The Monetary Authority of Singapore has warned eight digital token exchanges operating in the country over unauthorized securities trading. The regulator also stopped an initial coin offering, prompting its issuer to return all funds received from Singapore-based investors.
Eight Token Exchanges Warned
Singapore’s central bank and financial regulator, the Monetary Authority of Singapore (MAS), announced on Thursday that it has “warned eight digital token exchanges in Singapore not to facilitate trading in digital tokens that are securities or futures contracts without MAS’ authorisation.” Without naming the eight platforms, the announcement states that under the Securities and Futures Act (SFA):
If the digital tokens constitute securities or futures contracts, the exchanges must immediately cease the trading of such digital tokens until they have been authorised as an approved exchange or recognised market operator by MAS
However, MAS did not indicate that these platforms are engaged in suspicious activities or that there are complaints about them, unlike a few other regulators that recently issued warnings about exchange platforms.
This week, the Ontario Securities Commission issued a warning on five unlicensed crypto firms it had received complaints about. In March, French regulator Autorité des Marchés Financiers warned of 15 unauthorized crypto investment platforms and Belgium’s Financial Services and Markets Authority started publishing a list of crypto platforms showing signs of fraud.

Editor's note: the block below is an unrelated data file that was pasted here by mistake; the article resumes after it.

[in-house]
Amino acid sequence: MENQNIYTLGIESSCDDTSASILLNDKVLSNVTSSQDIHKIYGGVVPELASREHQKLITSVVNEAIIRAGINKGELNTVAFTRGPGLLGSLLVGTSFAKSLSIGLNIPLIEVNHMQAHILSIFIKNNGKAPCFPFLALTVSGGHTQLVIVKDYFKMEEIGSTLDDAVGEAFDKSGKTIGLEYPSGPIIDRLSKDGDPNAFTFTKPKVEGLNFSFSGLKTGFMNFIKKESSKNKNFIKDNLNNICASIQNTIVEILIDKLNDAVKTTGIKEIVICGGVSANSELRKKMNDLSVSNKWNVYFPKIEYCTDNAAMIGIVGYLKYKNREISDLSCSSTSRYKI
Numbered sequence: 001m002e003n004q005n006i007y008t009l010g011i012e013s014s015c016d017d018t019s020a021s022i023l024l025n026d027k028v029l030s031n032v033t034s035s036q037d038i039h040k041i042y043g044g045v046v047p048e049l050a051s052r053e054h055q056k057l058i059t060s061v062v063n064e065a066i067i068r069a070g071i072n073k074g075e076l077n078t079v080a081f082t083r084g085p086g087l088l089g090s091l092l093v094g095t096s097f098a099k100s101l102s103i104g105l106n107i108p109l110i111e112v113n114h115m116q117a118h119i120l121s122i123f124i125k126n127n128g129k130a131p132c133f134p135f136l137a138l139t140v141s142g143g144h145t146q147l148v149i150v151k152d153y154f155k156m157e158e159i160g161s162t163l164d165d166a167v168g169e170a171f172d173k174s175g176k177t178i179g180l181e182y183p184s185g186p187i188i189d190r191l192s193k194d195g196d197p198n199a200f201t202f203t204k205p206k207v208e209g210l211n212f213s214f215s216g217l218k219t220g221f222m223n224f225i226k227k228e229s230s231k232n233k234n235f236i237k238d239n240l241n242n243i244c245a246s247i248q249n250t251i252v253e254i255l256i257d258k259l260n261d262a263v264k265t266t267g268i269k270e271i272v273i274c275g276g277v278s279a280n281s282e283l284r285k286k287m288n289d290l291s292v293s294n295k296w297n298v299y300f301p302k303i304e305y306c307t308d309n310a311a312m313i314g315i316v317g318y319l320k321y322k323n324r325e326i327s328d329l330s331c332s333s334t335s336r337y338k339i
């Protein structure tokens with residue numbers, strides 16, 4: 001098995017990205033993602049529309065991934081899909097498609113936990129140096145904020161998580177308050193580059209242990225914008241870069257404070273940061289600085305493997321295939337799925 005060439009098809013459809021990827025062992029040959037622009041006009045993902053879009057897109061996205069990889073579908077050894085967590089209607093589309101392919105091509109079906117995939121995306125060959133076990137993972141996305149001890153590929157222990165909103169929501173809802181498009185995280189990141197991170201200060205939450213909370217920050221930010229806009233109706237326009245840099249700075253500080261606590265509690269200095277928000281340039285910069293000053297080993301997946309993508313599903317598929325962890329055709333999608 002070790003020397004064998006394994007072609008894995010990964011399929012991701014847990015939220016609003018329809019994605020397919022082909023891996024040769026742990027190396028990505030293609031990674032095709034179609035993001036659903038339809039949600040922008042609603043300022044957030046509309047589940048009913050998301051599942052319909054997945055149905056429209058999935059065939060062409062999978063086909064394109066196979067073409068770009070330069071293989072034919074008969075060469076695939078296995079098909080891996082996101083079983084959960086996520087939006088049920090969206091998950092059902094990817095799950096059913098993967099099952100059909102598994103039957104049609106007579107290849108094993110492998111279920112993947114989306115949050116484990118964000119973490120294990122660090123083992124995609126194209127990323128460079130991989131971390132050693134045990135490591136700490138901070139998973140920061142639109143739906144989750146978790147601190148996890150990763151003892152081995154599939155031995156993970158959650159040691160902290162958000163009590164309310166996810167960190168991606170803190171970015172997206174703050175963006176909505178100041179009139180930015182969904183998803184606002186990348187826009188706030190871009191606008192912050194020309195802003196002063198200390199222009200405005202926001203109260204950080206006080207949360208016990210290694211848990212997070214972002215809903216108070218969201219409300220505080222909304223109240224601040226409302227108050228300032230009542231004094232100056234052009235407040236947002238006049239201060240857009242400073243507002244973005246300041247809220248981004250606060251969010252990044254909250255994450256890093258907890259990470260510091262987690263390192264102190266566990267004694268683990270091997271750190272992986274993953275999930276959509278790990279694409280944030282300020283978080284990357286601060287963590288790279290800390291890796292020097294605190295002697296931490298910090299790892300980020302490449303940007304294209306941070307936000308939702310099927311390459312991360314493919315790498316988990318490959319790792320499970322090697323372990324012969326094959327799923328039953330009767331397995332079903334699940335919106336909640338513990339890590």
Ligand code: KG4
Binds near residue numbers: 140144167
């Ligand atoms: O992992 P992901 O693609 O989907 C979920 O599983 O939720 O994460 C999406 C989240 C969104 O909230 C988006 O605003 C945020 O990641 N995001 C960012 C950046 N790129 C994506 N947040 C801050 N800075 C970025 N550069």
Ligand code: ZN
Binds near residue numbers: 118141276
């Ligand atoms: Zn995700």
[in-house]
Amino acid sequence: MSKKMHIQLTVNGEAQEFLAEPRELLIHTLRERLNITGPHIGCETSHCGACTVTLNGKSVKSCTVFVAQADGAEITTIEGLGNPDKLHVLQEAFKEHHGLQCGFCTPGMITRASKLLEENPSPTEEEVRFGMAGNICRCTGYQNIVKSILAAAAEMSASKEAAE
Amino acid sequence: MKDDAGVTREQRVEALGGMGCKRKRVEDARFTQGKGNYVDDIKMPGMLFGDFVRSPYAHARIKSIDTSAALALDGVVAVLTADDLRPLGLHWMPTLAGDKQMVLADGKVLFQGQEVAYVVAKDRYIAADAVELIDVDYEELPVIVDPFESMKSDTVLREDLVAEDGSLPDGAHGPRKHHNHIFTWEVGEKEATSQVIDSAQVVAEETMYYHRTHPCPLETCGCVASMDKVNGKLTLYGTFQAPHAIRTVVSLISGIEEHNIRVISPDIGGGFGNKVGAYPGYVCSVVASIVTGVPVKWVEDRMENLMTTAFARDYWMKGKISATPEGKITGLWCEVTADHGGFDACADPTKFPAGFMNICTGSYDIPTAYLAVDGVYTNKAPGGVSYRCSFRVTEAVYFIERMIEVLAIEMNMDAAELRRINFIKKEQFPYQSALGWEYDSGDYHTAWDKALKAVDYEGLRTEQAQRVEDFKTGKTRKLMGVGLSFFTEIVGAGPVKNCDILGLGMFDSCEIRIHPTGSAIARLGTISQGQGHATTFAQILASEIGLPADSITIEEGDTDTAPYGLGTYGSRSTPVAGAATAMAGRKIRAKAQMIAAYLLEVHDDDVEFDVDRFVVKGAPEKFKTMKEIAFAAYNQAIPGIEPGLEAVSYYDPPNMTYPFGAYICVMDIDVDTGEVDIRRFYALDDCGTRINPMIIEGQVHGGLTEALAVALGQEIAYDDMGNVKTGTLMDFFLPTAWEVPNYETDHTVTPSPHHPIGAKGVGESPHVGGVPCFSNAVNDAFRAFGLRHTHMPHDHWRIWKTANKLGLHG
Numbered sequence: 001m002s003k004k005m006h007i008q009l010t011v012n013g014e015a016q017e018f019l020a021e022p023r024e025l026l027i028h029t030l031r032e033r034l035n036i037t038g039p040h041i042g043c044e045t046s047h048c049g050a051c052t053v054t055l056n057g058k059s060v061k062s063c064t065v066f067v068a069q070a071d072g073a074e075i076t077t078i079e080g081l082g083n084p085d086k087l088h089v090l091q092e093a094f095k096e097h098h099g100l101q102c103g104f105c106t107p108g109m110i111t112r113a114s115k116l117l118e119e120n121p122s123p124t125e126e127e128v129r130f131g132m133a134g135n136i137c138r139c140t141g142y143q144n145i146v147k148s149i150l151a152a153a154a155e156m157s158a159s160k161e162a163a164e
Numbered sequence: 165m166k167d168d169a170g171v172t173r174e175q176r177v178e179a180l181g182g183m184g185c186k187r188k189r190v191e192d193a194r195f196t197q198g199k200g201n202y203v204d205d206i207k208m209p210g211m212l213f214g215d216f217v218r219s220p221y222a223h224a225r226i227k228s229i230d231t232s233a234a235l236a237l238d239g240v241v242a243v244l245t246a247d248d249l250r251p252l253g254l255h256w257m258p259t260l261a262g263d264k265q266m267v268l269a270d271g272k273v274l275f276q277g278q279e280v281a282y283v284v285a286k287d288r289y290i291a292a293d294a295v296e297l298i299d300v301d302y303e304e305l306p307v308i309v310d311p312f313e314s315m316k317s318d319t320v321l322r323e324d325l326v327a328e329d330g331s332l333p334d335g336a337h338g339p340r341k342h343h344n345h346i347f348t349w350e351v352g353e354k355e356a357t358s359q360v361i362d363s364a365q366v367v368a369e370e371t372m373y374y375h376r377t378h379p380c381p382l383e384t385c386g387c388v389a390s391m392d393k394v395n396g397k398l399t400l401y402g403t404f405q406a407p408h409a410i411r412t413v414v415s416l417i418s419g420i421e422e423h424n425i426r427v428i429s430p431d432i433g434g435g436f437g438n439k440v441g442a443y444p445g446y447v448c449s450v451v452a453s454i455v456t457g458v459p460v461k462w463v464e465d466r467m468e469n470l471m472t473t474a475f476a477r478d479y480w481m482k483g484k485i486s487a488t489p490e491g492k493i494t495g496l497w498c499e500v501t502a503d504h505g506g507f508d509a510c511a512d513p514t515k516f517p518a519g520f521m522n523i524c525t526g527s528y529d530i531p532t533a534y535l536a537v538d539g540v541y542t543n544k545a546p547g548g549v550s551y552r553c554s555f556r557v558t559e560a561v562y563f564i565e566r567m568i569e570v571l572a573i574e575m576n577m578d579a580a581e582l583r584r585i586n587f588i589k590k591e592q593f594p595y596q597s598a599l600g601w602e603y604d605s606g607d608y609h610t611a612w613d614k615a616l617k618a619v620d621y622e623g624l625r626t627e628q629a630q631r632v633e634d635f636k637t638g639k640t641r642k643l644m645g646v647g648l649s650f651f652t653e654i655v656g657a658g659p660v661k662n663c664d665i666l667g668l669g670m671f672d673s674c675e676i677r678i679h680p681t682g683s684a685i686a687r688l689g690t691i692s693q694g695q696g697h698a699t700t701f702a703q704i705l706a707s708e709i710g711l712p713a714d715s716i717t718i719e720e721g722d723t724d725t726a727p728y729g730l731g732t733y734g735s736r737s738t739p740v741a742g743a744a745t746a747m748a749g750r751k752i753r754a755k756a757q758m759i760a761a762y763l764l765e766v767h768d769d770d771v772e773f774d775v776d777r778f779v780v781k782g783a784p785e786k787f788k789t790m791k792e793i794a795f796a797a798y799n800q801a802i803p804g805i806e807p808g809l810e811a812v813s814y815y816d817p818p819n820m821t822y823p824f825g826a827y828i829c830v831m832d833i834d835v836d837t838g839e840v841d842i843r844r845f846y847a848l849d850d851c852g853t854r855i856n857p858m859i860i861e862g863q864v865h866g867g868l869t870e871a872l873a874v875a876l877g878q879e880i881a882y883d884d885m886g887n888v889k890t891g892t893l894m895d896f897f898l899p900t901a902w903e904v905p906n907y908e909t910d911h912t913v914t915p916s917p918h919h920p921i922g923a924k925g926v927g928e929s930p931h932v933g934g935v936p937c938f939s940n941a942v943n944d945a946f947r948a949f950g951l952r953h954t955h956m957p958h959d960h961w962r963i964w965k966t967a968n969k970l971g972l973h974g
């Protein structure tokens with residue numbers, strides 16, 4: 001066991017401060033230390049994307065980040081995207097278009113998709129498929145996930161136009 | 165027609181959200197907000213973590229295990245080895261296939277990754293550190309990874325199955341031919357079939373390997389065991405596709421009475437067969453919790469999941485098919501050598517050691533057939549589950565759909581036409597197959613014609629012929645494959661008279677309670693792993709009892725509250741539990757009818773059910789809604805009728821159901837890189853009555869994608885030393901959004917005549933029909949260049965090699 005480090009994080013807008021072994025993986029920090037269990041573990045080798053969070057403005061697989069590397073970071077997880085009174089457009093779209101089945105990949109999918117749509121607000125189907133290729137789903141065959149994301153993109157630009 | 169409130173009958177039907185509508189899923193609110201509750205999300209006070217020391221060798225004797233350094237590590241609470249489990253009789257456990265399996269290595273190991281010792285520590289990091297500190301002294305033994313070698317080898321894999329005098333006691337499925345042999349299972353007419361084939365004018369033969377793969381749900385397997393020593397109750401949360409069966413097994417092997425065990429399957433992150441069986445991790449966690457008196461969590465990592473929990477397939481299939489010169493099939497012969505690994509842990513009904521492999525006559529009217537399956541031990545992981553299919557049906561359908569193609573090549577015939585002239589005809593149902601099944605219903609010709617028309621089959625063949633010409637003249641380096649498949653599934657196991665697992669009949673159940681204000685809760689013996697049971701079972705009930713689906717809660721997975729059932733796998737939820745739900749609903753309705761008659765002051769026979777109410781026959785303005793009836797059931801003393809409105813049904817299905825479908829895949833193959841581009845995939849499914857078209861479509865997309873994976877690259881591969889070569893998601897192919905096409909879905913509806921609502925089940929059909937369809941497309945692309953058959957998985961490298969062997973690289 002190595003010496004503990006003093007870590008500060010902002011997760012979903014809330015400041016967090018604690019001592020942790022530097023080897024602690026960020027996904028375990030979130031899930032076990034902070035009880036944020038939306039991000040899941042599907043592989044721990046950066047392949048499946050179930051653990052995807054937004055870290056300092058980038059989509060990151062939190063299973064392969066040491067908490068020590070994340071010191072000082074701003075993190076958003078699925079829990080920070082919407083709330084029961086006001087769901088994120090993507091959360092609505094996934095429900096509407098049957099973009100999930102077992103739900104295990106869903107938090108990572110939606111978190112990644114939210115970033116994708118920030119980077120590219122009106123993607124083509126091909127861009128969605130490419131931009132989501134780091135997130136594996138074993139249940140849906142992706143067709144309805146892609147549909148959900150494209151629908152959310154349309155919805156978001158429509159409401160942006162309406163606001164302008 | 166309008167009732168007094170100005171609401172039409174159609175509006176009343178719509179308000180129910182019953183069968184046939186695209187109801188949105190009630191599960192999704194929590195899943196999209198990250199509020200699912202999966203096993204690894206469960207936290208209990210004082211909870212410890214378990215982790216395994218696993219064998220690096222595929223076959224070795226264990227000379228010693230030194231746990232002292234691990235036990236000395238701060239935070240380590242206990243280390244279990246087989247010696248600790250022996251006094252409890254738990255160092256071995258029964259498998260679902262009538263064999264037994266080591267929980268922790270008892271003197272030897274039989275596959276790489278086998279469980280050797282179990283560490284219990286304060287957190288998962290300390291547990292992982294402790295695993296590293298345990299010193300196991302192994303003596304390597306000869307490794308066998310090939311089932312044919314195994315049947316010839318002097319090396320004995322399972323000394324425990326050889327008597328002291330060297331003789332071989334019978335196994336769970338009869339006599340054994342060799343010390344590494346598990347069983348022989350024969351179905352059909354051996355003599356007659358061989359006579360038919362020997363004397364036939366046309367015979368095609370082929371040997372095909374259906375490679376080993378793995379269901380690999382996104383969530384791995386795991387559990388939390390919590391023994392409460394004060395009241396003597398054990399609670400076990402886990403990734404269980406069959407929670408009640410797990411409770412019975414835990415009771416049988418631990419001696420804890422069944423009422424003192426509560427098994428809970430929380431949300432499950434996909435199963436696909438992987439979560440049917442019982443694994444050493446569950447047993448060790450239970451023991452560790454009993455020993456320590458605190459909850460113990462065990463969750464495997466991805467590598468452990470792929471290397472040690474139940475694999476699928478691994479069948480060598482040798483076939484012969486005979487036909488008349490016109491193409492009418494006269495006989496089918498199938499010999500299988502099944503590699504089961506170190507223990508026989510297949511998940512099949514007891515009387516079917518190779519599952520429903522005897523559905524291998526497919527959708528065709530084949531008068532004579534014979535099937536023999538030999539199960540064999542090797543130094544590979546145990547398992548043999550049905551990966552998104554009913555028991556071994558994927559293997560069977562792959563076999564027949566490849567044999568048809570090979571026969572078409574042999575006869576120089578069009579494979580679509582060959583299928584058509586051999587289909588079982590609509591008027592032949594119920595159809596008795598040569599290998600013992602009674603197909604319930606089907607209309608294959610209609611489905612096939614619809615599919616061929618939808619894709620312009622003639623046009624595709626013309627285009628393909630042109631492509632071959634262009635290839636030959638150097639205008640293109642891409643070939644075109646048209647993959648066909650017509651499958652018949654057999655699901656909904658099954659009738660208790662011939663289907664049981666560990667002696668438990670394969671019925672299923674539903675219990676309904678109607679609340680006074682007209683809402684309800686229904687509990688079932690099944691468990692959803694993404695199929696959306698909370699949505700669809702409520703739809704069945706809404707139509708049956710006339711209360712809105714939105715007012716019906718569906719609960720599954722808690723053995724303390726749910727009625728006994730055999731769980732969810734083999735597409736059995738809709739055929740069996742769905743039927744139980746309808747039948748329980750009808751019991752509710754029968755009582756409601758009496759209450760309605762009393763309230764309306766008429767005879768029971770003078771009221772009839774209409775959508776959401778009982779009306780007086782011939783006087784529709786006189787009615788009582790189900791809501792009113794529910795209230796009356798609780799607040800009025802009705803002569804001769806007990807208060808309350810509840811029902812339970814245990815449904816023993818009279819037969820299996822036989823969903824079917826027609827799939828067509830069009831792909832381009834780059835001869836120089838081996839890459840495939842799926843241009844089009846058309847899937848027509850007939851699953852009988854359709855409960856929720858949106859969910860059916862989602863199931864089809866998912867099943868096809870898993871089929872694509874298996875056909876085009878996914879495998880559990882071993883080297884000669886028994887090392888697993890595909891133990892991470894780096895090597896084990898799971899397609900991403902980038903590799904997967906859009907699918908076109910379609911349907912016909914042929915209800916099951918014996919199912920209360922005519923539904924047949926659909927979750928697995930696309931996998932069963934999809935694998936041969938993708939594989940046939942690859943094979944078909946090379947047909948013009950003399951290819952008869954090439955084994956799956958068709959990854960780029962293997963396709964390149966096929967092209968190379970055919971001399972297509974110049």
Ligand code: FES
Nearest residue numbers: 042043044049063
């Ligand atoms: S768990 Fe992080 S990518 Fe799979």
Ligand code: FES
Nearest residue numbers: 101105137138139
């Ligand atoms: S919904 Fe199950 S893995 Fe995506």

ICO Issuer Warned Amid Growing Market
In addition, MAS “also warned an Initial Coin Offering (ICO) issuer to stop the offering of its digital tokens in Singapore.” According to the announcement, MAS has assessed that this issuer’s “tokens represented equity ownership in a company and therefore would be considered as securities under the SFA.” Citing that the tokens are offered “without a MAS-registered prospectus, which is a SFA requirement,” the regulator revealed:
The [ICO] issuer has ceased the offer and has taken remedial actions to comply with MAS’ regulations. It has also returned all funds received from Singapore-based investors.
However, the central bank “declined to name the ICO and it is not clear how much was taken from investors or when the offering was issued,” the Strait Times reported on Thursday.
Recently, news.ngscrypto.com reported that Singapore has emerged as a mecca for token sales, especially for companies from China and South Korea where ICOs are banned. Earlier this month, digital asset banknote manufacturer Tangem launched smart bitcoin banknotes at the Megafash Suntec City store in Singapore.
Lee Boon Ngiap, MAS’ Assistant Managing Director (Capital Markets), confirmed that “the number of digital token exchanges and digital token offerings in Singapore has been increasing.” He clarified:
We do not see a need to restrict them if they are bona fide businesses. But if any digital token exchange, issuer or intermediary breaches our securities laws, MAS will take firm action.
What do you think of MAS’ warnings? Let us know in the comments section below.